A young researcher's guide to a clinical trial

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A young researcher's guide to a clinical trial

What is a clinical trial?

Clinical trials involve research conducted on humans that is designed to evaluate the effectiveness of a drug or treatment and add to medical knowledge. As per the National Institutes of Health (NIH), “Clinical trials are research studies that explore whether a medical strategy, treatment, or device is safe and effective for humans. These studies also may show which medical approaches work best for certain illnesses or groups of people.”

Clinical trials are usually medical or clinical studies in which human volunteers participate in carefully conducted investigations according to a pre-determined research protocol. The clinical trial program is a long drawn process taking up to 5-7 years or more to complete. A clinical trial is usually conducted as the final step of an extended research process. First, a new medical strategy, drug, treatment, or device is developed in the lab, then it is tested on animals, and finally tested on humans to see how safe or effective it is.

Characteristics of clinical trials

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Types of clinical trials

Broadly speaking, clinical trials can be of two types:

Interventional: In this kind of trial, specific treatments or interventions are given to the participants by the investigators. The outcomes are then compared to a group that has been given a different treatment or no treatment.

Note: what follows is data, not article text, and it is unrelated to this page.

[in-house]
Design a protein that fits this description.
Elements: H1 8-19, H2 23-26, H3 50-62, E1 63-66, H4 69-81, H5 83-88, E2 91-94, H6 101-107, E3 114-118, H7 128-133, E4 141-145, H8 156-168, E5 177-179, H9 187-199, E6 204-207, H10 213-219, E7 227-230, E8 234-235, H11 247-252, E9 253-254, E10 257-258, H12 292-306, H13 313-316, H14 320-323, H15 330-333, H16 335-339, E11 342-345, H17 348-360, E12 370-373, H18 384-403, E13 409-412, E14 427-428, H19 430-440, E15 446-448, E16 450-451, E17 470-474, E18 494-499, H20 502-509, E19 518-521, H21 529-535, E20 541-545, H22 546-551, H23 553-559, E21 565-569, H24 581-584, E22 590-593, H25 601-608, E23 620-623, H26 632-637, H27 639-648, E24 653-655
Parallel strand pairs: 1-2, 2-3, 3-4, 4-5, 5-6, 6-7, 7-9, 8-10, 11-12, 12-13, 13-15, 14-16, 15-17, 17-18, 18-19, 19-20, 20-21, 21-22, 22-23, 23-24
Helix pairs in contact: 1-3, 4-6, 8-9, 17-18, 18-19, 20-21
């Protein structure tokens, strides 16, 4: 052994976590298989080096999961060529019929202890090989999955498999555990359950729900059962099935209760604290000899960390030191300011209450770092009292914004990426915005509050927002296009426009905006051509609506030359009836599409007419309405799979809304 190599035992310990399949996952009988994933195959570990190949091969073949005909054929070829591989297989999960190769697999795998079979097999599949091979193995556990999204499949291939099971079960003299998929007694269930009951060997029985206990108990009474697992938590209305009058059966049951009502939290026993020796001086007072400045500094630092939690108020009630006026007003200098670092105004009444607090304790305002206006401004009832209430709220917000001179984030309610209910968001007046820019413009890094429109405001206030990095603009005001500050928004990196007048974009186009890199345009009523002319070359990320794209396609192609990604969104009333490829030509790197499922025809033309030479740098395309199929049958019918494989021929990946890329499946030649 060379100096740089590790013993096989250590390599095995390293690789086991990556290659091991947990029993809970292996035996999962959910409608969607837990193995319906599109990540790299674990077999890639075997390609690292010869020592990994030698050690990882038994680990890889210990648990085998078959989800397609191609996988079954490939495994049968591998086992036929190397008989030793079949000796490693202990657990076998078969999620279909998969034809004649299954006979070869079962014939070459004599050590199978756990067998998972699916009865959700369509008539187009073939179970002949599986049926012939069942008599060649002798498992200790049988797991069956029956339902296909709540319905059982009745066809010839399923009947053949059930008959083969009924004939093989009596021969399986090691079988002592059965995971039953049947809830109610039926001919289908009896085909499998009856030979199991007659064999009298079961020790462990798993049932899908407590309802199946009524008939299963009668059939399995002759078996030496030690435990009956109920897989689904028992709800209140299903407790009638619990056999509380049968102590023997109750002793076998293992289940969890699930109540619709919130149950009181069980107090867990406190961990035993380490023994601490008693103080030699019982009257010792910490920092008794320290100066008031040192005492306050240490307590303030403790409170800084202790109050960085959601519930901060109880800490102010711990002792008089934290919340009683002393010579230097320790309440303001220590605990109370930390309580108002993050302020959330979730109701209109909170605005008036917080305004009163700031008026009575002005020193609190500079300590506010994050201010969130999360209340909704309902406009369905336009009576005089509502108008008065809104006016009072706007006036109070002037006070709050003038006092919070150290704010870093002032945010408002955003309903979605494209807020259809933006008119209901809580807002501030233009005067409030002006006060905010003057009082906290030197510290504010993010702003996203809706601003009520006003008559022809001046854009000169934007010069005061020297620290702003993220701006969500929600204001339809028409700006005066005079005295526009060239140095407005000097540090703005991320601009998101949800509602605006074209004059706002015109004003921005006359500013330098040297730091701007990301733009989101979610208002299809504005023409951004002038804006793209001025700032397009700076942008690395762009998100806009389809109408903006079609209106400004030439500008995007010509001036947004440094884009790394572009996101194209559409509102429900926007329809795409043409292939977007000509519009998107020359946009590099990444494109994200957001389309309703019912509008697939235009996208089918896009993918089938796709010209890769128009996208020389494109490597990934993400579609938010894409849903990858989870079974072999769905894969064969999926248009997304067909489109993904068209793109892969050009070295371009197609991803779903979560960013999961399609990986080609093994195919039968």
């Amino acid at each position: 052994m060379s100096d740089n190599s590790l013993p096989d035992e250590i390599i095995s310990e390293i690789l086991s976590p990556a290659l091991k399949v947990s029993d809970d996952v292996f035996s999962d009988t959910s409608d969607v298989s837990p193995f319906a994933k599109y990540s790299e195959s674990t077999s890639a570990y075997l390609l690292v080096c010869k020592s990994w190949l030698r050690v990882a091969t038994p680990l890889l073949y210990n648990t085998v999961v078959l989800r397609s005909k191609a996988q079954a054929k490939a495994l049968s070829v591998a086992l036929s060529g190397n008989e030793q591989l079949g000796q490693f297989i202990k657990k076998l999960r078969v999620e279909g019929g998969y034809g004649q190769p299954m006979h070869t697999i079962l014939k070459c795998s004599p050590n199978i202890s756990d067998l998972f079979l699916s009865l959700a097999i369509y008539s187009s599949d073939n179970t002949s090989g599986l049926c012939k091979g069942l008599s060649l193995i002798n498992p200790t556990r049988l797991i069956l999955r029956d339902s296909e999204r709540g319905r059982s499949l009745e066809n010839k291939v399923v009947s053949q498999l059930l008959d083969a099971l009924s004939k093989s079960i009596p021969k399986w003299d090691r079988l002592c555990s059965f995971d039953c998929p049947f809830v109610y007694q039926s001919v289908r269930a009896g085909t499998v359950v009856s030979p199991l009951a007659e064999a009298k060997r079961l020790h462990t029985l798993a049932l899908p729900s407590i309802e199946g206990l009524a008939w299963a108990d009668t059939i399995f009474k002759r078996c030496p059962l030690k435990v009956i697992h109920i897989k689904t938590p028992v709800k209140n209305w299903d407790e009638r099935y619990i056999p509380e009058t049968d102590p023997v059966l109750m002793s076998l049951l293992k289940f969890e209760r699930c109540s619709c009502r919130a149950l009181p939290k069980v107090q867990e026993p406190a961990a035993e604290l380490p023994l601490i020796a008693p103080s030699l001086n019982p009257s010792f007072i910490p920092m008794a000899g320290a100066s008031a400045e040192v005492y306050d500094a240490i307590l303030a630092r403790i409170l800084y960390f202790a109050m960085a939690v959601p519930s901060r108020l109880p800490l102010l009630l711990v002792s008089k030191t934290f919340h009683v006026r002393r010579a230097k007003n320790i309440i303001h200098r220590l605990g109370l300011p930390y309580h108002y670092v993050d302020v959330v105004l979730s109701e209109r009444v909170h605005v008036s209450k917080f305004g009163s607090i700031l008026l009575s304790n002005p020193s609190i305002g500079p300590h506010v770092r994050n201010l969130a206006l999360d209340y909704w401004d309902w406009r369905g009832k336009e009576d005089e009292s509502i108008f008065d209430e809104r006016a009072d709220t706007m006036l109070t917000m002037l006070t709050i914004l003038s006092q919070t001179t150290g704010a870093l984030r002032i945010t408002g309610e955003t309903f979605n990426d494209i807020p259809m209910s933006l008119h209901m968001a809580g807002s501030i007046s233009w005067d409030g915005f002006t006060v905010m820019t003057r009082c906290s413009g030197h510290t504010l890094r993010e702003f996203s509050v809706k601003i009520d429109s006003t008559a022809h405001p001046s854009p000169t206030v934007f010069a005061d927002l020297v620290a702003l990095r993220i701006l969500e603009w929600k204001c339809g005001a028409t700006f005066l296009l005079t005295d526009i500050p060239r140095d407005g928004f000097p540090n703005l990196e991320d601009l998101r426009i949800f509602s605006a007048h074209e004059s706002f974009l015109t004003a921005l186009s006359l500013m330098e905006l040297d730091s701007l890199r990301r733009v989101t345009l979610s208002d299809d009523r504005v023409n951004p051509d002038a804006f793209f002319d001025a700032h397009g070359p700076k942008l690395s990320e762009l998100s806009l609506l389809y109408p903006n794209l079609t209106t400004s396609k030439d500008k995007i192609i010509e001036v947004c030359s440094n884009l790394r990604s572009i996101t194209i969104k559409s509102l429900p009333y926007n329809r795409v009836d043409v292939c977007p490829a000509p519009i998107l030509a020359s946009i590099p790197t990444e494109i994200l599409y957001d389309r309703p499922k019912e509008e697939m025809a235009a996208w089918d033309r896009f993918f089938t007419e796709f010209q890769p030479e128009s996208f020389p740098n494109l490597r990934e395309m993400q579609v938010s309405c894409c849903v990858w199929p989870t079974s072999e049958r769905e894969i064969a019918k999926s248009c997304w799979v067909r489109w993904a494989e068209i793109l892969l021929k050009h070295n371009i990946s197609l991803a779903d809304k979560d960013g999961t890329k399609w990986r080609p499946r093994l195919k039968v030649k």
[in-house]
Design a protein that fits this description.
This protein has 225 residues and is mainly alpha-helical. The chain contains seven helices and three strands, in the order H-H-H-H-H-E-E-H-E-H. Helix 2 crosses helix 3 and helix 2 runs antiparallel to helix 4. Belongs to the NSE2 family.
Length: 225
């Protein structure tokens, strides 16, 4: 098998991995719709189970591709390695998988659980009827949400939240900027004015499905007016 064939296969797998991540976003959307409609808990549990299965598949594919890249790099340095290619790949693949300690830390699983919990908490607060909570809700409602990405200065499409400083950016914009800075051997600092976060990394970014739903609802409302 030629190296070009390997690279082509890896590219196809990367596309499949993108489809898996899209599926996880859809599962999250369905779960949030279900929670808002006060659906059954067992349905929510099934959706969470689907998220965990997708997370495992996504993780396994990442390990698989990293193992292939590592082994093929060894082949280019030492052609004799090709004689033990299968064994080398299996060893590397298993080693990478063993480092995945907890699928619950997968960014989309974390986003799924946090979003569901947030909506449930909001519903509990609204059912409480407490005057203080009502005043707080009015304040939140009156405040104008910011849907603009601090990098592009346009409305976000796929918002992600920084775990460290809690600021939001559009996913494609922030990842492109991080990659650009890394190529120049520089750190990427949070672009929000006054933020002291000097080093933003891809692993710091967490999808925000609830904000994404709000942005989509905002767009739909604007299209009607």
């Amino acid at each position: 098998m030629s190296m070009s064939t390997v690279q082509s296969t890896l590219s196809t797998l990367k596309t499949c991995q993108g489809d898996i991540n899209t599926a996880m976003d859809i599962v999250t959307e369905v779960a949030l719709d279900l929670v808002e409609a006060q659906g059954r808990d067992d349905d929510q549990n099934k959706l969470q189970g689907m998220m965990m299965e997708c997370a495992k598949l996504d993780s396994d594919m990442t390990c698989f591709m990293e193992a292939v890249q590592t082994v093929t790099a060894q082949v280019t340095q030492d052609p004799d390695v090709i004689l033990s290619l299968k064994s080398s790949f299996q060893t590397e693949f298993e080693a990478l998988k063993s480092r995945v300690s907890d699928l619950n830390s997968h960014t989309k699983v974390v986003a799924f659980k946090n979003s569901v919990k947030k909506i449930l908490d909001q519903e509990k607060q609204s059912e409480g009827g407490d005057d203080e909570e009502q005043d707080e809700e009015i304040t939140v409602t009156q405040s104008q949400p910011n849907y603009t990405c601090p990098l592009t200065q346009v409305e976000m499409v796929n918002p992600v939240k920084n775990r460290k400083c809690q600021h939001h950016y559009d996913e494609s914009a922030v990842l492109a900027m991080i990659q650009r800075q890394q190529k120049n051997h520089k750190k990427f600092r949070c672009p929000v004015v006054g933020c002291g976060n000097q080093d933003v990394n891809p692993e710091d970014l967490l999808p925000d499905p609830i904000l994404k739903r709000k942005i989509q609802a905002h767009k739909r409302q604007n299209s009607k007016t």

Observational: In observational studies, the investigators or the researchers observe the treatments or management techniques that are given to a group of patients and note the outcomes. However, the researchers do not give the interventions.

Based on the purpose of the study, the NIH has classified clinical trials into the following types:

Treatment trials:  These are designed to test new treatments, new combinations of drugs, new surgical approaches, or radiation therapy.

Prevention trials: The objective of these trials is to find ways to prevent a disease from occurring or relapsing. These often include medicines, vaccination, or lifestyle changes.

Screening trials: This type of study tests the best way to detect specific diseases or health conditions.

Diagnostic trials: These studies aim to come up with better tests or procedures for diagnosing a disease or health condition.

Quality of life trials: Also known as supportive care trials, these studies explore ways to improve the comfort and quality of life of people with a chronic illness.


Phases of clinical trials

Phases of clinical trials

The clinical trial program is a long drawn process taking up to 5-7 years or more to complete. Clinical trials are conducted in “phases,” and each phase has a different purpose. The NIH defines the phases of clinical trials as follows:

Phase I trials: In this phase, a new drug or treatment is tested on a small group of people (20–80) to evaluate its safety and identify the side effects, and to obtain early signs of effectiveness.

Phase II trials: The drug or treatment is given to a larger group of people (100–300). The purpose is to evaluate its effectiveness and obtain more information about side effects and risks.

Phase III trials: The drug or treatment is administered to very large groups of people (1,000–3,000). This is done to confirm its effectiveness, compare it with other modes of treatment, and evaluate the overall risk-benefit equation.

Phase IV trials: These studies are conducted after the drug’s approval and launch in the market with an aim to obtain additional information about its risks, benefits, and optimal use. These are also referred to as post-marketing surveillance studies.


Developing a research protocol

What is a research protocol?

As mentioned earlier, a clinical trial needs a lot of careful planning. Since it involves human subjects, it has to abide by strict scientific standards and ethics that are designed to protect the rights and ensure the safety of the patients or participants who enrol for the trial. Once the research team is clear about the research idea and study design, it is time to start developing a research protocol.